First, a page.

let go of the ninja stuff. its cool and interesting but modern ninjas aren't held with very high regard (actually considered pretty terrible) in martial arts communities, even those who do practice ninjutsu at higher levhe bujinkan hands out grades like candy)

    theres a number of way more interesting martial traditions that are really well regarded like other japanese styles or escrima or something less widely practiced like silat.
  8. Obake

    Obake Valued Member

    Is there a Spanish martial art, or perhaps something akin to what the pirates practiced? As far as sword fighting and naval warfare?
  9. SWC Sifu Ben

    SWC Sifu Ben I am the law

    You mean fencing, marksmanship, and naval artillery?
    Last edited: Nov 13, 2015
  10. Obake

    Obake Valued Member

    This is getting off-topic, but the direction it is going has caused me to wonder more about the Spanish pirates and their styles of fencing. Didn't Spanish traders go to Japan and give western weapons to the samurai? If so, did the samurai also learn western fencing, or did the Japanese ninja ever adopt western ways of fighting? Just curious.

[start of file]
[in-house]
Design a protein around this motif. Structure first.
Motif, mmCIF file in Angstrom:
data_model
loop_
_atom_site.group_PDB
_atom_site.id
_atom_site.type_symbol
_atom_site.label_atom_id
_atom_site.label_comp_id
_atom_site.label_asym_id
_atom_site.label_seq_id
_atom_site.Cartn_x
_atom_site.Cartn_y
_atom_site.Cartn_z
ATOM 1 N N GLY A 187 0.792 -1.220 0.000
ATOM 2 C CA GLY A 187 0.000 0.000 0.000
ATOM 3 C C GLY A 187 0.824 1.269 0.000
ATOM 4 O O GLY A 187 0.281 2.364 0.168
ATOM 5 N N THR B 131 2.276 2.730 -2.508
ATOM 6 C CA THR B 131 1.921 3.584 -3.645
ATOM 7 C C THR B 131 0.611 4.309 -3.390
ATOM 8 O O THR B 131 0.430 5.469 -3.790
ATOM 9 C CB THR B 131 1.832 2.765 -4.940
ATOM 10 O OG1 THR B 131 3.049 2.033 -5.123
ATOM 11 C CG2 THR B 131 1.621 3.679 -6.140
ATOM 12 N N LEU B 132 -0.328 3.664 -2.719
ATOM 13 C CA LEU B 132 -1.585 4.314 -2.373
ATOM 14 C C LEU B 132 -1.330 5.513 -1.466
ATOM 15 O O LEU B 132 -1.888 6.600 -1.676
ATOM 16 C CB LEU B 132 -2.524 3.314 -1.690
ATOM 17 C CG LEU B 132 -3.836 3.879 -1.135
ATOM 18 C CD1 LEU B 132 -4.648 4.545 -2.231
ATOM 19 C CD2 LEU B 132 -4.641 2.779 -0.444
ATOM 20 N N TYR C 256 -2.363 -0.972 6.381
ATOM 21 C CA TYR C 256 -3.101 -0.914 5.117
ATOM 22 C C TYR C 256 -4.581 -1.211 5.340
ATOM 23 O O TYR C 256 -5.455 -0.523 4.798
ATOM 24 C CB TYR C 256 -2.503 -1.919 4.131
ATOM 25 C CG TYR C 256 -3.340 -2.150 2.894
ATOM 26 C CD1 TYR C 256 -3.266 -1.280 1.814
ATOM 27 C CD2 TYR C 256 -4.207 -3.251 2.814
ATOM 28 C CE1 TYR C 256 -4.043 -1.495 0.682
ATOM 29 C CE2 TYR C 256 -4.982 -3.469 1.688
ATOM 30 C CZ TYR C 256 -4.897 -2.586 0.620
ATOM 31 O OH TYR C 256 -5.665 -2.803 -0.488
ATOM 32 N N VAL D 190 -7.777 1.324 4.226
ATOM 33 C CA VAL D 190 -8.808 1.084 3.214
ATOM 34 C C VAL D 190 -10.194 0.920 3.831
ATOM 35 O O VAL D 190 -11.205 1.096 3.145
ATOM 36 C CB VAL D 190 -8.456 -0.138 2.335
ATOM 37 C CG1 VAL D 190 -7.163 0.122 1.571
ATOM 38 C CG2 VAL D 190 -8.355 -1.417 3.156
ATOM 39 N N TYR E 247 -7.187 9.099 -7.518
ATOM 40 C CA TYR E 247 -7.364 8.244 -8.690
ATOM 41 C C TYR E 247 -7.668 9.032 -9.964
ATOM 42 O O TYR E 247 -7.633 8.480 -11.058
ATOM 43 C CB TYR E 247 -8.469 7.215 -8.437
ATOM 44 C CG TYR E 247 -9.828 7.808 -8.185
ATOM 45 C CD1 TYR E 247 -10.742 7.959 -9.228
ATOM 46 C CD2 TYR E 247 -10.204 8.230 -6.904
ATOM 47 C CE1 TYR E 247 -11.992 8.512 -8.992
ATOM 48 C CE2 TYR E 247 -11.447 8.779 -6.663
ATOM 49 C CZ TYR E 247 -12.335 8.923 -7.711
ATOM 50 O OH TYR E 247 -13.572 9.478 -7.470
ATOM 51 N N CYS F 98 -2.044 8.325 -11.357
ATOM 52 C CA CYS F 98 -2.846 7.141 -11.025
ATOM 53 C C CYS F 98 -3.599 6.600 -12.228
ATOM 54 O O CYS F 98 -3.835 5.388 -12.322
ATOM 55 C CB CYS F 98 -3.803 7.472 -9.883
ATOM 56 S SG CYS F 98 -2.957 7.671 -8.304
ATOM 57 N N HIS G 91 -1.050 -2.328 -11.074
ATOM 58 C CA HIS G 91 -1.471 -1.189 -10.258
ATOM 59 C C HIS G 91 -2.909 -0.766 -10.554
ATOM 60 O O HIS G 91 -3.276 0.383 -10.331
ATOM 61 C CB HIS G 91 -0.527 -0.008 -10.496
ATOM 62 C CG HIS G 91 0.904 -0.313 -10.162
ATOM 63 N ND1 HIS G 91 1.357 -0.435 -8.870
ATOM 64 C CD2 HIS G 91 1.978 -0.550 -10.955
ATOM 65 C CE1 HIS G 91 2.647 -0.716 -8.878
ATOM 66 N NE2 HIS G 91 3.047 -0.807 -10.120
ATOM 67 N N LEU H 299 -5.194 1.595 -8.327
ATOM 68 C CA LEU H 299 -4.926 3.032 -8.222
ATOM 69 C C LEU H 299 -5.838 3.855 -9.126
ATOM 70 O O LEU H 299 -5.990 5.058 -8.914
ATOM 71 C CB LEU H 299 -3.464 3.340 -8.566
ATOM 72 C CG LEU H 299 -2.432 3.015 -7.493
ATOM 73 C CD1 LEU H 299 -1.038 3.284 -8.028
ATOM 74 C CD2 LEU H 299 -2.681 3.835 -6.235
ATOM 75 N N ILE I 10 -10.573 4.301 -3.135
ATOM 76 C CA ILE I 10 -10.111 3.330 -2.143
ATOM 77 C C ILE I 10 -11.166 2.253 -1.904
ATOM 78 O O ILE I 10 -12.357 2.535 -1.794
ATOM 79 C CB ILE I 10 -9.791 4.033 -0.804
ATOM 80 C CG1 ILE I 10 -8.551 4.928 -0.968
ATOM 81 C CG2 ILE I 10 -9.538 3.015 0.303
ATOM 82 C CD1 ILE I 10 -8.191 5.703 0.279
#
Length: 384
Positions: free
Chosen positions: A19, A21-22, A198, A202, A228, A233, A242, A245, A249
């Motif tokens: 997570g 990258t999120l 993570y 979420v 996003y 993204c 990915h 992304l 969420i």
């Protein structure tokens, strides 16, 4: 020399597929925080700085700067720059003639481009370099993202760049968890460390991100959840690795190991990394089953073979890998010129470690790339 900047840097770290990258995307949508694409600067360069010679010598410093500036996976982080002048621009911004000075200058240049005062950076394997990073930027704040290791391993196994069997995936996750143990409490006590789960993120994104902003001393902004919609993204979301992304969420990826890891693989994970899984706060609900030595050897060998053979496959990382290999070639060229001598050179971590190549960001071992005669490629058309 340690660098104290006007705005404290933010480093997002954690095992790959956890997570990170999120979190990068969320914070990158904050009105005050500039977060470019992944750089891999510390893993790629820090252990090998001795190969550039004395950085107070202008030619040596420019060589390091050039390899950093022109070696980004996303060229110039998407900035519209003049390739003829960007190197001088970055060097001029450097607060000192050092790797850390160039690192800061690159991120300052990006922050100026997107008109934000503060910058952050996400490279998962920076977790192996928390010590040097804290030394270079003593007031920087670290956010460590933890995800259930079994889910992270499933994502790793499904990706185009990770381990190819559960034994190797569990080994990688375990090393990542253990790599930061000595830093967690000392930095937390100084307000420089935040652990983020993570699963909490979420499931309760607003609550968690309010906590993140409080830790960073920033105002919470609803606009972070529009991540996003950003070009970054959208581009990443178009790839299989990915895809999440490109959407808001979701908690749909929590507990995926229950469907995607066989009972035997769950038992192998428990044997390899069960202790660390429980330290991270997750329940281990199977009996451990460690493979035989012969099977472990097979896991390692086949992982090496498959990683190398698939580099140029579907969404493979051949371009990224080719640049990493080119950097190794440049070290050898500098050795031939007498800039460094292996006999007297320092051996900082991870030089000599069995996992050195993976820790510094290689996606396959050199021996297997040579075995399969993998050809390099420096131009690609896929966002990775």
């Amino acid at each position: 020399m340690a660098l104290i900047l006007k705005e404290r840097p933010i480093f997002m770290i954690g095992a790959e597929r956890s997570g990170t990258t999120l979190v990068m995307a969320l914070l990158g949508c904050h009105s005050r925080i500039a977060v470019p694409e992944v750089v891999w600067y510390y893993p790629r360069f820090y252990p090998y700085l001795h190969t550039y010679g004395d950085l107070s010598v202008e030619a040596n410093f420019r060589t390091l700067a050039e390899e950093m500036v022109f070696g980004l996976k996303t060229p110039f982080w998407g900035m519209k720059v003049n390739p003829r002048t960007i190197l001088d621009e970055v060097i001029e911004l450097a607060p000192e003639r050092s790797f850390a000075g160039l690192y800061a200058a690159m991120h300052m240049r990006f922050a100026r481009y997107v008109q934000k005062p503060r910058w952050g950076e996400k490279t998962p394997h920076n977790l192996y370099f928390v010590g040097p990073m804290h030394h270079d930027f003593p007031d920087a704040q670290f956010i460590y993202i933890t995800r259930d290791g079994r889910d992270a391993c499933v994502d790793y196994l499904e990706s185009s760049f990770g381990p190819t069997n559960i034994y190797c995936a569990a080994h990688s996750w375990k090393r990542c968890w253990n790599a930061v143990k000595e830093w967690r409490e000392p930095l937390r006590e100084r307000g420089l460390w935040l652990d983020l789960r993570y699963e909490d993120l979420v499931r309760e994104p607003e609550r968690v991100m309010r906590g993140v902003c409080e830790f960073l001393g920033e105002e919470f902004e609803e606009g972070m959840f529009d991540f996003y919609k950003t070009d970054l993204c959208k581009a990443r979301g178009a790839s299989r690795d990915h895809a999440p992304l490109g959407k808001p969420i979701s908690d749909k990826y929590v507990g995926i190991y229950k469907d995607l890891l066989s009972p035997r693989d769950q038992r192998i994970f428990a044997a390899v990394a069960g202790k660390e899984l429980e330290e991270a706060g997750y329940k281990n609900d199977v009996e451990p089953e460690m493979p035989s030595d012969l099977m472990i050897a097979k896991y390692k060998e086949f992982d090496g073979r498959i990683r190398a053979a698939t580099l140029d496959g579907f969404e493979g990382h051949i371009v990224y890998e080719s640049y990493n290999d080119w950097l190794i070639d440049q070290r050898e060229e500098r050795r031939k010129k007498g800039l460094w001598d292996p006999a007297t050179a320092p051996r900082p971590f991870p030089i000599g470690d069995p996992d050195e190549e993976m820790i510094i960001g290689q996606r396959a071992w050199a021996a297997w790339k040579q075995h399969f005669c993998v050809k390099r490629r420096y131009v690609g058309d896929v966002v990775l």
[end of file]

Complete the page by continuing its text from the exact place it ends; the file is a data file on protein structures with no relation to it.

11. Mangosteen

    Mangosteen Hold strong not


    the philipines were a major part of the chinois aztec trade route the spanish had
  12. Obake

    Obake Valued Member

    What is the Spanish word for "fencing," or more accurately, what was the Spanish style of fencing called prior to escrima?
  13. Botta Dritta

    Botta Dritta Valued Member

    Italian - scherma
    French - escrime
    Spanish - escrima

    From the longobard skirmjam - meaning to protect. In Romance languages it became a generic term to mean fencing, or skill with a bladed weapon. Fencing in english nearly always means with a sword, but in the romance languages in the past it could mean any systemic use of a blade including daggers. (Only later in france/Spain/italy did it come to mean exclusively sword fencing)